The Ledi-Geraru jawbone. Credit: William Kimbel/Arizona State University
An extraordinary fossil find in the desert of Ethiopia is pushing back the dawn of humankind by approximately half a million years, and rewriting what we know about the evolutionary branching that eventually led to modern humans.
A fossilized lower jaw, with five small teeth, is reportedly connecting the dots between primitive ancestors and modern humans. The specimen is the bone of one of the very first humans – it represents the oldest known human genus Homo - and comes from a time when humans split from the more ape-like ancestors, Australopithecus, identified by the best known fossil skeleton “Lucy”, according to CBC News.
The find is more than 400,000 years older than the oldest fossils belonging to the early humans who eventually gave rise to Homo sapiens, our modern species.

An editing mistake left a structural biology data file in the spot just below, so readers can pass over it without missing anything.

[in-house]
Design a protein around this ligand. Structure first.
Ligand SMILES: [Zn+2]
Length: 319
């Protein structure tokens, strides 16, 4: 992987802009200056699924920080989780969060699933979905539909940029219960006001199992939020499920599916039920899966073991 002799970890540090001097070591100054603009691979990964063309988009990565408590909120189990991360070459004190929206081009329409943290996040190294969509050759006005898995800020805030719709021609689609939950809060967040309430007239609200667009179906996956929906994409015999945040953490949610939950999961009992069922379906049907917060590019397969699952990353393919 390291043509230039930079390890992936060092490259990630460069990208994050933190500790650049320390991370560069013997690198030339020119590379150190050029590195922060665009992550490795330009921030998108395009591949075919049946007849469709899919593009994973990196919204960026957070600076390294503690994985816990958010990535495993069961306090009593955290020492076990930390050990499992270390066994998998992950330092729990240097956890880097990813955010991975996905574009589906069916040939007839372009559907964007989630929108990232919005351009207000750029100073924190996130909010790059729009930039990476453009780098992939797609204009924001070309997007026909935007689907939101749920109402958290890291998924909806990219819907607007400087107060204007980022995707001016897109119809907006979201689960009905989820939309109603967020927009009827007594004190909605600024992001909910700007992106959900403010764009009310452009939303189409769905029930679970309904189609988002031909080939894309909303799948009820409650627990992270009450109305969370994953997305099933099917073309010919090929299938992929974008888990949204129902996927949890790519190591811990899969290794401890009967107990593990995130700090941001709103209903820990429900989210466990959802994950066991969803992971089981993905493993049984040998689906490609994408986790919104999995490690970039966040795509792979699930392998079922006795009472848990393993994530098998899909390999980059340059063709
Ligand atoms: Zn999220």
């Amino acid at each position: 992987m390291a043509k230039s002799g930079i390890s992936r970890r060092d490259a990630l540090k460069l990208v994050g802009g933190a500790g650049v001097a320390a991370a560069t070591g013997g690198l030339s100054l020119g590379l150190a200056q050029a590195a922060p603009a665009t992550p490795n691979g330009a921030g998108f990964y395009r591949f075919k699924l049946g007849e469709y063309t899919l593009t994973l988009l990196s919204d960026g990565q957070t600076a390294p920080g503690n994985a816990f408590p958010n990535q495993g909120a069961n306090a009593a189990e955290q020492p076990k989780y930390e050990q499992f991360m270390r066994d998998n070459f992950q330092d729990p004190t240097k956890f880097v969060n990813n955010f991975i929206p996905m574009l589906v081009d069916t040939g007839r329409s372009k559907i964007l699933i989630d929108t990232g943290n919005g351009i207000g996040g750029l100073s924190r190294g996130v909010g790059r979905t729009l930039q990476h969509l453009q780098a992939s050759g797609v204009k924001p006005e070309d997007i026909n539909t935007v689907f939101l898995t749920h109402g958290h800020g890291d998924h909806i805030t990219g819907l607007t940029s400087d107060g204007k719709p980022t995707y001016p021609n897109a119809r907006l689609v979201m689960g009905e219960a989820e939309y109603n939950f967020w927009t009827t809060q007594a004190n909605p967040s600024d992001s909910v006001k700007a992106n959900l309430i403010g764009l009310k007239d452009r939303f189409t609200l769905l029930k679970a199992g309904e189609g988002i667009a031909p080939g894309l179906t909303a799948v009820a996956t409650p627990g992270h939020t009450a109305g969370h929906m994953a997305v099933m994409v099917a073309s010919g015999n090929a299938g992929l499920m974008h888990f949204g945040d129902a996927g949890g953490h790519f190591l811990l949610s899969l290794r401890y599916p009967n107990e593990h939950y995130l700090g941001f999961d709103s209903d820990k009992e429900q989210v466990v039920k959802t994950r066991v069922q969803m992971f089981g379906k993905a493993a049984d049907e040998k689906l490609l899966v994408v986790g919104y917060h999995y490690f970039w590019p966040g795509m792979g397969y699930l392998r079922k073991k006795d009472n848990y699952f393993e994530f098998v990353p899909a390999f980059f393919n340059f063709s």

The jawbone was found close to where Lucy was discovered in 1974. The specimen of Australopithecus afarensis, dubbed Lucy, is from 3.2 million years ago. The species walked upright, but only stood a meter tall and had a small brain. This contrasts with the species Homo, “characterized by an upright, bipedal posture, sophisticated tool-making abilities and a relatively large braincase”, reports BBC News. The Ethiopian jawbone seems to share traits similar to both species, and may be a transitional fossil, filling in an evolutionary gap.
Graduate student of Arizona State University in the U.S., Chalachew Seyoum pulled the 2.8 million-year-old jawbone from the earth at the Ledi-Geraru research area in Ethiopia in 2013. “The moment I found it, I realized that it was important, as this is the time period represented by few (human) fossils in Eastern Africa,” he tells BBC News.
Paleoanthropologist Brian Villmoare of University of Nevada, and colleagues published a study in the journal Science on the research into the jawbone. Villmoare says, “In spite of a lot of searching, fossils on the Homo lineage older than two million years ago are very rare. To have a glimpse of the very earliest phase of our lineage’s evolution is particularly exciting.”